I live in a city that's not overly big (only about 100,000 population), but they do love their lights, and I live only a couple blocks away from a couple of public baseball diamonds where the lights actually illuminate the roof of every house on my block and are left on all night every night. So I can feel your pain of observing in a LP area.

    Finding objects with a Telrad in these conditions can be tough. I can barely see a few of the stars of Cancer with averted vision, but they disappear completely with direct vision. It's difficult to aim a Telrad accurately with averted vision.

    I found that using a combination of finder scopes has helped me tremendously. I will use the telrad to get me to the nearest star I can see with direct vision, and then I will use my 8x50 RACI (Right Angle Correct Image) finderscope to "starhop" from star to star until I get to the correct field.

    There are still a lot of galaxies that my scope would be able to pick up in dark skies that I can't see from my back yard, but at least now I know I'm looking in the right spot for them.

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    Default Re: Observing under heavily polluted skies

    Hi, i am in Cape town South Africa +-34deg S. I see the clusters, Jewel Box, Omega Centauri although its just a puff of candy cotton, M6, M7, the Eta Carrina showcase Nebulae and clusters (quite spoilt in the southern hemisphere aren't we). But I havent been able to spot any galaxies! I thought its due to the LP, i do live in a suburban area. I guess its probably due the limitations of my rather old 127mm bird-Jones type reflector (bought cheap at pawn shop). the EP's arent too bad 20mm Super Plossl and a GSO 32mm. I made a dew shield about 15cm deep on top of the OTA to shield perriferal light from the street lights and neighbours yards. I like Helicon64's suggestion to drape a towel over my head and will try that. I dont know what else I could try other than saving up for more apperture. Thanks for all the posts. Ray.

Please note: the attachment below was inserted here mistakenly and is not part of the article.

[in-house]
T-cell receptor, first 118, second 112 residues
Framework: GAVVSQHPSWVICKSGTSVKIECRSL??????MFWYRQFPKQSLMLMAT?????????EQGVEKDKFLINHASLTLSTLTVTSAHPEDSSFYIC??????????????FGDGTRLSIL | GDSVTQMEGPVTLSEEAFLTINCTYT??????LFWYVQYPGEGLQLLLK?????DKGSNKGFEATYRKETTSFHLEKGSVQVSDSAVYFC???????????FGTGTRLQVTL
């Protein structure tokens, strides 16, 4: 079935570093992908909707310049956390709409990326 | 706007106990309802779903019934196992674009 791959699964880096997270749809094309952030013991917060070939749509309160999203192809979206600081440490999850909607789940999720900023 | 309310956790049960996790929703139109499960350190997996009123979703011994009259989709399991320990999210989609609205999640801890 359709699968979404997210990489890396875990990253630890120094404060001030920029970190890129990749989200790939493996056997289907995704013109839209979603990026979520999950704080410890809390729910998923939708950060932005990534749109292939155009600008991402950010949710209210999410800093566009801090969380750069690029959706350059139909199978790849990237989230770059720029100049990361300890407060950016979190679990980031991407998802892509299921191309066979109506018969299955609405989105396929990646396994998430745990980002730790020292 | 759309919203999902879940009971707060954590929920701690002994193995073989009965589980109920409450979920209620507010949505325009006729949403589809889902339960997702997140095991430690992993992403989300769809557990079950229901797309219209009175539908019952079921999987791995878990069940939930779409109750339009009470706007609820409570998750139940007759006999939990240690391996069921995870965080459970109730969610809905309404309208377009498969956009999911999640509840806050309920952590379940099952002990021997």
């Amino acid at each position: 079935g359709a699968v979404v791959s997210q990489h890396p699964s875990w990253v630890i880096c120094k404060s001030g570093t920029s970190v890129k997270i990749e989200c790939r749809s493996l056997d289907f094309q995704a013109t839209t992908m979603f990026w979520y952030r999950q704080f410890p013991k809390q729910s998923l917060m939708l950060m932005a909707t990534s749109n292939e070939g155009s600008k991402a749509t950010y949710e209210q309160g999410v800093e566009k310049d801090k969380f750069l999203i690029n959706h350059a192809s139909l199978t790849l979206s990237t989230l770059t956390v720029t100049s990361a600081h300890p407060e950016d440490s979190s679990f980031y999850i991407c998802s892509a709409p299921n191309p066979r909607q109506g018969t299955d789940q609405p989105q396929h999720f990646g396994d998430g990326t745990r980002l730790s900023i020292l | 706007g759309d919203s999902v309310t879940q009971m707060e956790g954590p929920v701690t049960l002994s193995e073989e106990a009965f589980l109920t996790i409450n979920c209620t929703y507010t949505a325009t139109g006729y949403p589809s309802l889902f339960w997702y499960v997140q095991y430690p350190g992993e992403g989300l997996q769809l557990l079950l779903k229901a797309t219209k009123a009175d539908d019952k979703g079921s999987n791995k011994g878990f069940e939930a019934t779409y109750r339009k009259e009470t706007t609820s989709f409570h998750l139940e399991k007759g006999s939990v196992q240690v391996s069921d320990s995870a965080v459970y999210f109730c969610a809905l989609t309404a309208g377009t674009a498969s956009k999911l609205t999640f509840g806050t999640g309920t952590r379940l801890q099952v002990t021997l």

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    Default Re: Observing under heavily polluted skies

    The thing that most revolutionized my observing -- and the ability to find deep space objects -- was the marvelous guidebook Turn Left at Orion.

    It shows you how to find the Messier objects and a slew of other interesting sights, include drawings of where they are, what they look like, and how to use pointer or marker stars and patterns to find the object.

    It also includes some scientific information about the objects as well as sections on equipment, observing tips, a guide to the Moon, etc.

    The other good investment for many people is a Telrad-- a device that projects 3 circles on the sky -- 4 degrees, 2 degrees, and 1/2 degrees. It makes it easy to star hop from visible stars to the objects you are seeking. There are many, free, online Telrad charts.

    Even in semi light polluted skies, it works well as you can step off, say, 2 Telrad fields from a bright star to find the DSO.

    Hope that helps someone!